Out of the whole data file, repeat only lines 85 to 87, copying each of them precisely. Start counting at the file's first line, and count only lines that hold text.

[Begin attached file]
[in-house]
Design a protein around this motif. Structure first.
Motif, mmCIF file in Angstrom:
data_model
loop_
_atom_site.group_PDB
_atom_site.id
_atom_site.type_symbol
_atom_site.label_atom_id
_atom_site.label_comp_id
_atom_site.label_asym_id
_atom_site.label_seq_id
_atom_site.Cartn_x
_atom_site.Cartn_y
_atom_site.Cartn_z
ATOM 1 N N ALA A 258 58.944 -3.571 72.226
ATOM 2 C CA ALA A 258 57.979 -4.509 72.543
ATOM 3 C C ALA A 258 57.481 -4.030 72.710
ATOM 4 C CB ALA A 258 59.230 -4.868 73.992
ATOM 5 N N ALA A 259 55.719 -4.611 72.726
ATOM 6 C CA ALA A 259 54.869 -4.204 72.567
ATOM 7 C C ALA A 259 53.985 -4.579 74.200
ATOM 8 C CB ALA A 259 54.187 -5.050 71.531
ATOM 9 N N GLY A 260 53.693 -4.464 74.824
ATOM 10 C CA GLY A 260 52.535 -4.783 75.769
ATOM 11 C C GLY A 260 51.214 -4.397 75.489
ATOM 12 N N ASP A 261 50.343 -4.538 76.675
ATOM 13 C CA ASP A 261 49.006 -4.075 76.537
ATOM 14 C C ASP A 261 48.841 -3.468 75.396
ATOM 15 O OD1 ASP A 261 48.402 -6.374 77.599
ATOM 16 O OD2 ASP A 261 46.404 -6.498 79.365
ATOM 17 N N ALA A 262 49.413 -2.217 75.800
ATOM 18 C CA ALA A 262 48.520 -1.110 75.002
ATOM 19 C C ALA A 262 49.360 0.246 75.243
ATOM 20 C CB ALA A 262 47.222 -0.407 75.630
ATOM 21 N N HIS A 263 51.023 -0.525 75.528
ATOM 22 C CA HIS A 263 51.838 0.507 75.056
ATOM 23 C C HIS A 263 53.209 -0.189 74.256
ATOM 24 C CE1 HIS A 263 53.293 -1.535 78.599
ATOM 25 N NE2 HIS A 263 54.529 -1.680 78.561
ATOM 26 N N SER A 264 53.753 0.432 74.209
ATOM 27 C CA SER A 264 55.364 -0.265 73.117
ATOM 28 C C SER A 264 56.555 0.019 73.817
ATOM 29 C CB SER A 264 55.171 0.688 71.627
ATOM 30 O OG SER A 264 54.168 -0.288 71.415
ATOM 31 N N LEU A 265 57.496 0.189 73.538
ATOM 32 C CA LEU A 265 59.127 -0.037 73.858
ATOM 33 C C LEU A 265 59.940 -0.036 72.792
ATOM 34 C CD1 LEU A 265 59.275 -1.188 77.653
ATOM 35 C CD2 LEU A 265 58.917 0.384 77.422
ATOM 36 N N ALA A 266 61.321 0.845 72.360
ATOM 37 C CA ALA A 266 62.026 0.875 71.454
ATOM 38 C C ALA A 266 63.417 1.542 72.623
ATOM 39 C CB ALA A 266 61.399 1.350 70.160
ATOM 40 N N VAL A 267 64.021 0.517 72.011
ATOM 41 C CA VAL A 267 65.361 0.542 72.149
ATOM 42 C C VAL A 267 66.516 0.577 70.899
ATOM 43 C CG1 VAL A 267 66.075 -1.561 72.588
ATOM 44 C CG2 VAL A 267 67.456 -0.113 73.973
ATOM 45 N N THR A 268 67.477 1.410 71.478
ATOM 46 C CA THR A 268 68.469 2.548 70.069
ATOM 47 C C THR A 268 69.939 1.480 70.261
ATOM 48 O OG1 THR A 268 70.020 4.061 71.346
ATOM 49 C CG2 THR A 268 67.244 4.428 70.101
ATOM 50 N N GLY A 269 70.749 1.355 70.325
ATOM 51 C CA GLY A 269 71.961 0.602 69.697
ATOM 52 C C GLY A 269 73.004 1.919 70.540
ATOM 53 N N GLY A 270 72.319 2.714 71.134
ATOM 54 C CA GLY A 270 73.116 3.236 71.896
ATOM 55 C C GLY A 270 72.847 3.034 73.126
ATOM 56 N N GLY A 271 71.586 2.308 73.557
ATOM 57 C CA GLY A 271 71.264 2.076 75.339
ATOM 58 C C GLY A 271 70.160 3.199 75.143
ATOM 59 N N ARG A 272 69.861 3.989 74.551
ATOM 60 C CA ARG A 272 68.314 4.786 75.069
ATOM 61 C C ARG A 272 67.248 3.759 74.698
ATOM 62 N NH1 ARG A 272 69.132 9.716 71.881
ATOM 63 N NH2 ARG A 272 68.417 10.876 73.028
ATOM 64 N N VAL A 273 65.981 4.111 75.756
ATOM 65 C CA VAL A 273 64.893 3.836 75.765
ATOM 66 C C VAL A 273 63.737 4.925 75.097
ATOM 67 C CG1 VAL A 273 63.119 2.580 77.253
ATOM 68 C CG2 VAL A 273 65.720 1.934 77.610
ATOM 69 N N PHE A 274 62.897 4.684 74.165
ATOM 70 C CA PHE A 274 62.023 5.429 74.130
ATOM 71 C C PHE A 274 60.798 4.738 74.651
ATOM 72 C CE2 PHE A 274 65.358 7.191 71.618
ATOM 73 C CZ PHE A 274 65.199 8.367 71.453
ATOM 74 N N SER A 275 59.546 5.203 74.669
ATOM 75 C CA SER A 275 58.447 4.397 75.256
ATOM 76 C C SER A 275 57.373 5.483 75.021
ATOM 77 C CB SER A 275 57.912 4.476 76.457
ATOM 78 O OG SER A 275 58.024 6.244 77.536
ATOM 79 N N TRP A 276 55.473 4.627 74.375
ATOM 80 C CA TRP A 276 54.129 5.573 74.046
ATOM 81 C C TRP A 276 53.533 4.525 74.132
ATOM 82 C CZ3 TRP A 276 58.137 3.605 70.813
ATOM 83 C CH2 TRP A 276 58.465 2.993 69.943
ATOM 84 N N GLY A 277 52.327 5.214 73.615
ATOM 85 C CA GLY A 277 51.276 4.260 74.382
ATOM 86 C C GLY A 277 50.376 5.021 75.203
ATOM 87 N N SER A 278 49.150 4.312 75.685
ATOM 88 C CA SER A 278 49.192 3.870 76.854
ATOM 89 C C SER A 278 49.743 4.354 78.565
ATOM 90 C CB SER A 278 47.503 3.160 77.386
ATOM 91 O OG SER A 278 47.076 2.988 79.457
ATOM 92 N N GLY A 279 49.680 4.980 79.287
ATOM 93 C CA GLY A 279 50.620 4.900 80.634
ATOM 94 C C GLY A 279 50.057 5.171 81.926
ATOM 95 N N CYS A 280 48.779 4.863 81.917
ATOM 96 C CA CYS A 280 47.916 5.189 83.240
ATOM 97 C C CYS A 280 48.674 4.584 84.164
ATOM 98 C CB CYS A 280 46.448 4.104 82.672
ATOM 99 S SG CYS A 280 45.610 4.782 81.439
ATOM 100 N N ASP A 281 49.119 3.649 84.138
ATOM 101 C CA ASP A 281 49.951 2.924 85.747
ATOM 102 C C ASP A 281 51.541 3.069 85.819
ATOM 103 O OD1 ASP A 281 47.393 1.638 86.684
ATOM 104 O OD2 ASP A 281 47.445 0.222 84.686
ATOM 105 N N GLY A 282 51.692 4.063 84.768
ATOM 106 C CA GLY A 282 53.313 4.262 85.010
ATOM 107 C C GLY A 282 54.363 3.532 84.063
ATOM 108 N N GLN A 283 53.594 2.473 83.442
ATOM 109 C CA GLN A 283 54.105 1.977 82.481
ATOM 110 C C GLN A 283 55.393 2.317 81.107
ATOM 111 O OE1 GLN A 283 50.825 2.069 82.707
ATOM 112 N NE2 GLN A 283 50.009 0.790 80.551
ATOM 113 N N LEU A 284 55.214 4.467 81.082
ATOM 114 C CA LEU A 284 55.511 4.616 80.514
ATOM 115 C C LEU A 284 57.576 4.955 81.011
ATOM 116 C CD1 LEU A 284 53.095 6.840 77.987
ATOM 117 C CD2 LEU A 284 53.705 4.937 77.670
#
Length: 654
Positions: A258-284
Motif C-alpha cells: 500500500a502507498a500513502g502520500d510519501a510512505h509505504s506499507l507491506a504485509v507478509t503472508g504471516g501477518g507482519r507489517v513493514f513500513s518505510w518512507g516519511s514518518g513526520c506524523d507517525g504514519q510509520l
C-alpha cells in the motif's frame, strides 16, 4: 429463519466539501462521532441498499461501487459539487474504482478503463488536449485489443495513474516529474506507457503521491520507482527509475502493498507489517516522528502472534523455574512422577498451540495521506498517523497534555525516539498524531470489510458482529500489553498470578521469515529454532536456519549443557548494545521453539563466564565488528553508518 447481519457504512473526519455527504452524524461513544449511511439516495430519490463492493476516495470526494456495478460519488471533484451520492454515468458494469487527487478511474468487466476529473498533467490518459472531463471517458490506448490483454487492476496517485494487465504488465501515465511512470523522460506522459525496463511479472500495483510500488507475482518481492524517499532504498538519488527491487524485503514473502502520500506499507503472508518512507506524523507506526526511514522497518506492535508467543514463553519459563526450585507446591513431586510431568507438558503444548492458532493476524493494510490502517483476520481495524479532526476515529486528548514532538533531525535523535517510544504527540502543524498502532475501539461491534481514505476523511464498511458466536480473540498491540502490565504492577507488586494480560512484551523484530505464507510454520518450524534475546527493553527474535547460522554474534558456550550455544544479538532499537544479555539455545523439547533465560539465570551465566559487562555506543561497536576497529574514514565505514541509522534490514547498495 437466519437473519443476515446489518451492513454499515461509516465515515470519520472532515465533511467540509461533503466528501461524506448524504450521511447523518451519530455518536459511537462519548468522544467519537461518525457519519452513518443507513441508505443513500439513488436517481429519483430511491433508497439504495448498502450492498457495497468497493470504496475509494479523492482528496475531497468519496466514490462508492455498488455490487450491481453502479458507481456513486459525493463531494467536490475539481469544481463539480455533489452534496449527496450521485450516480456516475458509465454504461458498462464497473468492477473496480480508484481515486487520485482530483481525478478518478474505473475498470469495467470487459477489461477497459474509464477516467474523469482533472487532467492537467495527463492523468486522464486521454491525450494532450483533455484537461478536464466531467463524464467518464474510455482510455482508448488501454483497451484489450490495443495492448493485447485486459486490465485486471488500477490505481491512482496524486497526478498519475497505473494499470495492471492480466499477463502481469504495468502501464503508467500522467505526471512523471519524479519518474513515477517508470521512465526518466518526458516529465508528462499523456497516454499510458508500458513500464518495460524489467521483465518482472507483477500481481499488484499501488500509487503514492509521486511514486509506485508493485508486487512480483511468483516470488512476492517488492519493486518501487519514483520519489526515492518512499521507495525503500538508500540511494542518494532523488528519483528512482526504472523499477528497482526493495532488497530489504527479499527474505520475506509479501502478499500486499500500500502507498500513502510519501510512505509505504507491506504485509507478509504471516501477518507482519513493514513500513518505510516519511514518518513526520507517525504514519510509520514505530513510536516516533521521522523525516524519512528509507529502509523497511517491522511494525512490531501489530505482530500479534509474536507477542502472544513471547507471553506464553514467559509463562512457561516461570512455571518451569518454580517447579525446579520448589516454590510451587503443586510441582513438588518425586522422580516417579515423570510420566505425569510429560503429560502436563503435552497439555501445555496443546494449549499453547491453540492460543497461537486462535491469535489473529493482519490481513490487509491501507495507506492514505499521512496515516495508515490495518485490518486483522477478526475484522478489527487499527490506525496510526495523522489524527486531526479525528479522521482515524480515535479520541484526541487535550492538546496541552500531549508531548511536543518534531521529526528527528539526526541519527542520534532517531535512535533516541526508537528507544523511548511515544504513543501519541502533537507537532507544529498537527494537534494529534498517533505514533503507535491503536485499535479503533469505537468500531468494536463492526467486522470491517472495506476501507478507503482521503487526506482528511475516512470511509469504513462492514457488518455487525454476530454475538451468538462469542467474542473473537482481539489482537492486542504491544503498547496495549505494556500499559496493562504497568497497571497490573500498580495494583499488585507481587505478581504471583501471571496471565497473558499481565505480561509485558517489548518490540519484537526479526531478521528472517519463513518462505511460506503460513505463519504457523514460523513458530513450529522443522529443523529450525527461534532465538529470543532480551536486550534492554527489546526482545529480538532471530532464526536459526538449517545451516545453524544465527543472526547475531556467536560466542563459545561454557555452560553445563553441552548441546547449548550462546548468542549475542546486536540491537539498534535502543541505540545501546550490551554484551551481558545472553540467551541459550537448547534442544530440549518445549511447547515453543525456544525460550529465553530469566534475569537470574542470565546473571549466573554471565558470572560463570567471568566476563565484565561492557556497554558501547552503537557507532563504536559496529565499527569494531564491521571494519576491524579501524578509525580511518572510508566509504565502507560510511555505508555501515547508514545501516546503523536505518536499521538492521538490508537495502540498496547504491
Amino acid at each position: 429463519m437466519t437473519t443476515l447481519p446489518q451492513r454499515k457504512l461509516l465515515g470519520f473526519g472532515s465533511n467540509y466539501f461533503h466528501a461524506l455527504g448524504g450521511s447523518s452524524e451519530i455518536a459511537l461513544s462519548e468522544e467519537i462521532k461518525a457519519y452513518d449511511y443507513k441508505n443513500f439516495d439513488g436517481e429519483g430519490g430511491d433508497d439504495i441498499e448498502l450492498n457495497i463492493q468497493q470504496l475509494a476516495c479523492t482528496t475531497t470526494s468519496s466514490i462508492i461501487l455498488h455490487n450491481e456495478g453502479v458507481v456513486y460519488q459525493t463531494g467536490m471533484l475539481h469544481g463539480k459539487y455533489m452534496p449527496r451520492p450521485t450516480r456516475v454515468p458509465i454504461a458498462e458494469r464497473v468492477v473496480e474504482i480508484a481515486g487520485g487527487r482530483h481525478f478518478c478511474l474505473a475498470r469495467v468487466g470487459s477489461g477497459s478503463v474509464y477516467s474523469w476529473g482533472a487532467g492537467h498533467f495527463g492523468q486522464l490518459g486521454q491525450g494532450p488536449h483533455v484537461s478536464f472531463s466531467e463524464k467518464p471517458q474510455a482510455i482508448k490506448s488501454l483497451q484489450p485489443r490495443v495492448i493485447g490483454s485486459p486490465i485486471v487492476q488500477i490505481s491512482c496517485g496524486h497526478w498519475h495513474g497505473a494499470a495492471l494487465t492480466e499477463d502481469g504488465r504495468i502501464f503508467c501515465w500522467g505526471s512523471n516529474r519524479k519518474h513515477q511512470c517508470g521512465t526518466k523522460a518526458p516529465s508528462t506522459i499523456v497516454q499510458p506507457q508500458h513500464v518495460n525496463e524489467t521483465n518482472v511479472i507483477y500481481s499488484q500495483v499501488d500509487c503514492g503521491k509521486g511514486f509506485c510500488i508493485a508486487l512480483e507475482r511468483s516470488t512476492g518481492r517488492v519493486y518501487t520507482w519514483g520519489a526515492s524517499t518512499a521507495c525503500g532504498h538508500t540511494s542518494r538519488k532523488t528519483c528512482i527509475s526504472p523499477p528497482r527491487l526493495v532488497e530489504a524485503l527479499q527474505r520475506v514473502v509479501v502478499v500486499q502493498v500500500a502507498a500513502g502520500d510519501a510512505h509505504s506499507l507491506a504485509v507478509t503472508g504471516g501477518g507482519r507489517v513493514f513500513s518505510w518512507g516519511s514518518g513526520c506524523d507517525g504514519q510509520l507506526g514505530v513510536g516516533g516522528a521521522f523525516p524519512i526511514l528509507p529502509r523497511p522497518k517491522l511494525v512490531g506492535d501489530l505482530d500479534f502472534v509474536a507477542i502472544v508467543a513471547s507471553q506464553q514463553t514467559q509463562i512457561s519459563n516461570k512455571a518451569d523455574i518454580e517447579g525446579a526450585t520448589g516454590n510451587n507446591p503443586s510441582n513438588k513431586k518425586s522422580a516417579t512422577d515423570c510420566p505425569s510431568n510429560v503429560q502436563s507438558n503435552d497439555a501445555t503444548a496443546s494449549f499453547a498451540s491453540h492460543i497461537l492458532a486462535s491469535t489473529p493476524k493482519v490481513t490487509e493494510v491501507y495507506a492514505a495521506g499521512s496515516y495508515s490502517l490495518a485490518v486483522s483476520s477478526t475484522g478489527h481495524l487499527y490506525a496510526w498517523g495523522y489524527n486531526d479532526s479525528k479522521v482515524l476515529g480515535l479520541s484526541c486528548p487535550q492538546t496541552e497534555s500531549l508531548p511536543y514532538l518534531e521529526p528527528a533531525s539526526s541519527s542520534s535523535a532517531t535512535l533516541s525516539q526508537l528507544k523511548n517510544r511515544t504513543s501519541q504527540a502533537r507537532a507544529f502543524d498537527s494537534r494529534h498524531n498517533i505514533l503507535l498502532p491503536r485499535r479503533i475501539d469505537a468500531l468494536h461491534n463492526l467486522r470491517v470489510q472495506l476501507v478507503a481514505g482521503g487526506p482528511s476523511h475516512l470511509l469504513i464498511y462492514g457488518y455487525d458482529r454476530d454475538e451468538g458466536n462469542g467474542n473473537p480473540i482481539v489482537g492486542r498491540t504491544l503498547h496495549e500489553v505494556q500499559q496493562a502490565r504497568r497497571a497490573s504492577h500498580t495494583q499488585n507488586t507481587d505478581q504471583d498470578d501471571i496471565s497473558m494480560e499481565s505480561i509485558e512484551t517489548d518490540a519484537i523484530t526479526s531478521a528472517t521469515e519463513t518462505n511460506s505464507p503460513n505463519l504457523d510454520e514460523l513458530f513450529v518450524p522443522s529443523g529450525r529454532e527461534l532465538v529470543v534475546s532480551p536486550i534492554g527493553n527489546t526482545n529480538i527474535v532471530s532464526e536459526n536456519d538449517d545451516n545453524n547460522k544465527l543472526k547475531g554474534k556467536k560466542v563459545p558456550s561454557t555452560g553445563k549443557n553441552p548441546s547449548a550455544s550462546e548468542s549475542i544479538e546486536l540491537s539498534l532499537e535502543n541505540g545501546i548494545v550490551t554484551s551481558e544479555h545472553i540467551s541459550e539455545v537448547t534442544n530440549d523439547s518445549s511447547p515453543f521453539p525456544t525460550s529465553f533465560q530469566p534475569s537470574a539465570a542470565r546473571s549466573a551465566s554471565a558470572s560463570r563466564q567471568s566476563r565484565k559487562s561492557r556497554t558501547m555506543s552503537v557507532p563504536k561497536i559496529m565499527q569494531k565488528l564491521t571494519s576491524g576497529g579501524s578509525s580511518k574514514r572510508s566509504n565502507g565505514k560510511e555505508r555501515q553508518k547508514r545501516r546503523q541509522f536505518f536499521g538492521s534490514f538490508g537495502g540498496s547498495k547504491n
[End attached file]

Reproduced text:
ATOM 70 C CA PHE A 274 62.023 5.429 74.130
ATOM 71 C C PHE A 274 60.798 4.738 74.651
ATOM 72 C CE2 PHE A 274 65.358 7.191 71.618